Morphemes are defined as the smallest meaningful units of a language that can be used to form new words (derivation, e.g., suffix -ness in darkness) or convey grammatical information (inflection, e.g., plural affix -s in houses). Acquiring novel morphology thus represents an essential but also a challenging aspect of language learning. Emerging neurocognitive evidence suggests that memory traces for novel suffixes can be formed even during a brief learning session, as reflected by rapid neural activation enhancement to the newly learnt items. However, the generalized use of the new suffix may require longer time and involve offline consolidation. While recent evidence emphasizes that memory consolidation considerably benefits from even a short period of sleep, there is scarce evidence of daytime napping effects on the neural correlates of novel morphology acquisition. Addressing this was the goal of the present study, in which we recorded ERPs to novel suffixes during the learning process and introduced a daytime nap period into the learning session.
In a within-subject design containing two separate sessions, we trained 21 native Finnish-speaking participants with novel suffixes through a word-picture association task. After this 10-minute training, we used EEG to record brain responses to semantically trained and untrained suffixes, combined with previously unpresented real and pseudoword stems in a 22-minute auditory passive listening task. Additionally, existing Finnish suffixes served as controls. Passive exposure was followed by a 90-minute retention period, containing napping in one session and wakefulness in the other one, after which an 8-minute passive-listening EEG block was repeated.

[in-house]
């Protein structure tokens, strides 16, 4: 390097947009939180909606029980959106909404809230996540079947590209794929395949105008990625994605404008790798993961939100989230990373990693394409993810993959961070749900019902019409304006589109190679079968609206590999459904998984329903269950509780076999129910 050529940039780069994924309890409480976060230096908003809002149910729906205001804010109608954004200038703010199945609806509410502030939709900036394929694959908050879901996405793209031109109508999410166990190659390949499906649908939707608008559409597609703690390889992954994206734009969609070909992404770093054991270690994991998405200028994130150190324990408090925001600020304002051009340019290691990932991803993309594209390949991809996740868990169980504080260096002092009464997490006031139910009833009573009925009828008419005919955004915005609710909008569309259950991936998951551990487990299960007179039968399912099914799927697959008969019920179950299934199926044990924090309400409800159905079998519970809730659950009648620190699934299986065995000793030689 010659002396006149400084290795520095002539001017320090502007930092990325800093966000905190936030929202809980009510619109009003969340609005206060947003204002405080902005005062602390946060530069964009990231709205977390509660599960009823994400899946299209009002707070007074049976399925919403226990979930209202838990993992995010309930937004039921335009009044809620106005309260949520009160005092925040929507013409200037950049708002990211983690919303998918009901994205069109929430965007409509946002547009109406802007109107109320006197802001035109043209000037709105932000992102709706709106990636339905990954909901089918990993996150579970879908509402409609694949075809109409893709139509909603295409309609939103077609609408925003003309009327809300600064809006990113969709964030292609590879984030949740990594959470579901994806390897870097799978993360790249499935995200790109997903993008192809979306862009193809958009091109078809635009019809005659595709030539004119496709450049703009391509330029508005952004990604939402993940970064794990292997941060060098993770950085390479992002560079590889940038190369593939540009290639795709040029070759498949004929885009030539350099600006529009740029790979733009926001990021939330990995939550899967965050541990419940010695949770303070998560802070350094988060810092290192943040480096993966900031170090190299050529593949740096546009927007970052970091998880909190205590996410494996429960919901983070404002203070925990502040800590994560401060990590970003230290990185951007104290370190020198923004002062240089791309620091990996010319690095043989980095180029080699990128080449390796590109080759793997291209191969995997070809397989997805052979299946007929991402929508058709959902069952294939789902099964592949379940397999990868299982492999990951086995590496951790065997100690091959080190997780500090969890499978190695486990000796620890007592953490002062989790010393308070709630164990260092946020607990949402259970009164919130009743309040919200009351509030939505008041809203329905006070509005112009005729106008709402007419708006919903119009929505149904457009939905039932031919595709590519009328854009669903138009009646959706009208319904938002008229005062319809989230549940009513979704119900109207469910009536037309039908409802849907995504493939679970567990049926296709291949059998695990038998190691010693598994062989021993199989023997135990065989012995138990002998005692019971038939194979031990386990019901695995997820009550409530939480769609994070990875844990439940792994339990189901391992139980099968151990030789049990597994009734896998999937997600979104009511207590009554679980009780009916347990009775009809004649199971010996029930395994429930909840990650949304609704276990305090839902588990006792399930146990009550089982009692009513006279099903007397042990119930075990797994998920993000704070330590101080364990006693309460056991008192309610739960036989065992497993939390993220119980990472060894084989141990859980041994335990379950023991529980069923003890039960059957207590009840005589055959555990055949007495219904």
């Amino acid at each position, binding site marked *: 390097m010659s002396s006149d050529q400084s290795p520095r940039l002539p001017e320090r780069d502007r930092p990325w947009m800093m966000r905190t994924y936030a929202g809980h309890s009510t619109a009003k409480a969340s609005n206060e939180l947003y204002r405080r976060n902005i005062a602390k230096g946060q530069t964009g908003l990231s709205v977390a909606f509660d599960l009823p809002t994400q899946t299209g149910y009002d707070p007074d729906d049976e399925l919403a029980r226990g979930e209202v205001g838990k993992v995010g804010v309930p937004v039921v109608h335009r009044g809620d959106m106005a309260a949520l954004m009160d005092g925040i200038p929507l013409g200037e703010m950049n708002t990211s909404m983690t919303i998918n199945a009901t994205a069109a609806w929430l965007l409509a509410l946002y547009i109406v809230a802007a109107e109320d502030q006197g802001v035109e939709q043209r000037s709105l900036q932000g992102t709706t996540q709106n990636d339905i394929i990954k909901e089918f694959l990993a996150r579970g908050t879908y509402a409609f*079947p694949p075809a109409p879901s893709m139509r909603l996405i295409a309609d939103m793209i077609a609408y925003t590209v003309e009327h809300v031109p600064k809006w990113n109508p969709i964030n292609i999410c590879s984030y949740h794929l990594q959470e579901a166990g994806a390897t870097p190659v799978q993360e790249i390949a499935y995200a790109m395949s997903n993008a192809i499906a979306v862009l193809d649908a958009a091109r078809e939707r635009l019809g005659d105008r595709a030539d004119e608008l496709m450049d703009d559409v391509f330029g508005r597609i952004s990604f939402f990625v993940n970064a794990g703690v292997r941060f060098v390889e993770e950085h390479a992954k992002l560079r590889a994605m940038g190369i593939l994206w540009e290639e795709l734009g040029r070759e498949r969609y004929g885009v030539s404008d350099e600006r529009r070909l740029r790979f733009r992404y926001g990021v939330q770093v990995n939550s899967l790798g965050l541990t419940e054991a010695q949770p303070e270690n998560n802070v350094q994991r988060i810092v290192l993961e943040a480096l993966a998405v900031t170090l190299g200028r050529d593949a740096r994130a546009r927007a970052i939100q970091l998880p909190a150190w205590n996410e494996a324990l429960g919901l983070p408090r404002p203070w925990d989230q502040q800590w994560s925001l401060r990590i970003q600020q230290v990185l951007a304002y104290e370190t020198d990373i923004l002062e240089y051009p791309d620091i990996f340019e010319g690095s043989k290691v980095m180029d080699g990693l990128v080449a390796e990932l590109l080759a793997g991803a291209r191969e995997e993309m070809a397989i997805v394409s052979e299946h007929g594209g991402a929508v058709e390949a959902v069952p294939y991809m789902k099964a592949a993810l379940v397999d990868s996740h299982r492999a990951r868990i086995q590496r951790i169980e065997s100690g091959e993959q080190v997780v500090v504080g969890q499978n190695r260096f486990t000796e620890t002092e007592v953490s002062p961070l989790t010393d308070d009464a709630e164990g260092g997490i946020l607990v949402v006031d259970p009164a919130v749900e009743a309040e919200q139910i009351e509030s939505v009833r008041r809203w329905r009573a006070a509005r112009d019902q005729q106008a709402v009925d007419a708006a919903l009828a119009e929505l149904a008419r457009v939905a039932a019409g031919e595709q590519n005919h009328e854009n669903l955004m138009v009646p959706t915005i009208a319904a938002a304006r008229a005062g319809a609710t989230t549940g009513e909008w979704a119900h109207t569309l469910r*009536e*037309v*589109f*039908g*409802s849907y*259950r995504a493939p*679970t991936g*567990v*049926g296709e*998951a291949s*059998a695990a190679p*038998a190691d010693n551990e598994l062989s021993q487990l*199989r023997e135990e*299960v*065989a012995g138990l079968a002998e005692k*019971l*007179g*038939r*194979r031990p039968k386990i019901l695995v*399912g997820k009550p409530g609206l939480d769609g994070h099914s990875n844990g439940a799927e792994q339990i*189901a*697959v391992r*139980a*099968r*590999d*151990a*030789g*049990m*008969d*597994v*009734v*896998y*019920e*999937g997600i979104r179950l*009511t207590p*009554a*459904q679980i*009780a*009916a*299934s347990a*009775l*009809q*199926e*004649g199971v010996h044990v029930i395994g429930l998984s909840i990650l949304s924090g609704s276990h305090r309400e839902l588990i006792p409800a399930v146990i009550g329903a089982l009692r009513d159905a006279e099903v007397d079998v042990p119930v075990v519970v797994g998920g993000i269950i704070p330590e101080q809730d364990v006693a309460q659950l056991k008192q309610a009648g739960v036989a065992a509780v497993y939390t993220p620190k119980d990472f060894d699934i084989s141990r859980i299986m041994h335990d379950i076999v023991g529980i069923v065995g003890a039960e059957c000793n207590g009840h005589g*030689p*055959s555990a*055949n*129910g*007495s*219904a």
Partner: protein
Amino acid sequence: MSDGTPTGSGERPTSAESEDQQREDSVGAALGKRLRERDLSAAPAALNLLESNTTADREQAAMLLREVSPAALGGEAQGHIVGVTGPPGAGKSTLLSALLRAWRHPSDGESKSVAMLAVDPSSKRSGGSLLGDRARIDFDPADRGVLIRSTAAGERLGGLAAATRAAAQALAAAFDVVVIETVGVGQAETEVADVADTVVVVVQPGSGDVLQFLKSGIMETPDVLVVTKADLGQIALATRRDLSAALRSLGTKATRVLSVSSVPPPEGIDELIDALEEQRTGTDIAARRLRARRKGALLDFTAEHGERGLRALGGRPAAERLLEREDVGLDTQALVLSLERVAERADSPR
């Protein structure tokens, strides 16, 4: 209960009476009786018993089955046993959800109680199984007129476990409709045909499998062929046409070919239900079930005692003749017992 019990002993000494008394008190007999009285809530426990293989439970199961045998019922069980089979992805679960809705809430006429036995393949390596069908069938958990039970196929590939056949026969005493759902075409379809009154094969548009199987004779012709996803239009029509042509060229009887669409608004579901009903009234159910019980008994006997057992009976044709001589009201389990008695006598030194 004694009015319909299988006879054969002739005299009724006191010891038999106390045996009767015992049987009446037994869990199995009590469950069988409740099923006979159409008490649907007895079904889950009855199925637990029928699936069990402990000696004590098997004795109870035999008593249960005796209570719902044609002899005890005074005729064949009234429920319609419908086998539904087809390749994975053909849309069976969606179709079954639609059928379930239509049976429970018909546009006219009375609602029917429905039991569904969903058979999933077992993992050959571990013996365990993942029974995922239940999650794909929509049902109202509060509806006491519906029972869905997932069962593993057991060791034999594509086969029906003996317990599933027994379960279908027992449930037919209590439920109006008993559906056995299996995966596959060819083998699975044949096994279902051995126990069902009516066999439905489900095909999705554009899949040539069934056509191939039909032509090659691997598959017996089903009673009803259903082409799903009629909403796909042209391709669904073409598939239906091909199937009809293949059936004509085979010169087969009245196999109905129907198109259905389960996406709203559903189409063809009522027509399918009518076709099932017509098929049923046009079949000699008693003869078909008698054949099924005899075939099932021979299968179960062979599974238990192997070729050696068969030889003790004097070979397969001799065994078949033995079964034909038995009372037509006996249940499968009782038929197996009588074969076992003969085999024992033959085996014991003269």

We compared the ERP responses to trained, untrained, and real suffixes before and after the retention period to investigate the effect of sleep versus wakefulness on the consolidation of novel suffixes. Response amplitudes for semantically trained novel suffixes significantly increased after 90 minutes of napping, but only in cases when slow-wave sleep (SWS) occurred. Furthermore, we found that longer time spent in SWS was associated with a larger response enhancement.
Overall, our results suggest that a short period of daytime sleep can be beneficial to the acquisition of novel suffixes and highlight the importance of SWS for memory consolidation.
Original languageEnglish
Publication statusPublished - 2022
MoE publication typeNot Eligible
EventICON 2022, International Conference of Cognitive Neuroscience - Dipoli, Espoo, Finland
Duration: 18 May 202222 May 2022


ConferenceICON 2022, International Conference of Cognitive Neuroscience
Abbreviated titleICON 2022
Internet address

Fields of Science

  • 515 Psychology
  • 6162 Cognitive science
  • 3112 Neurosciences

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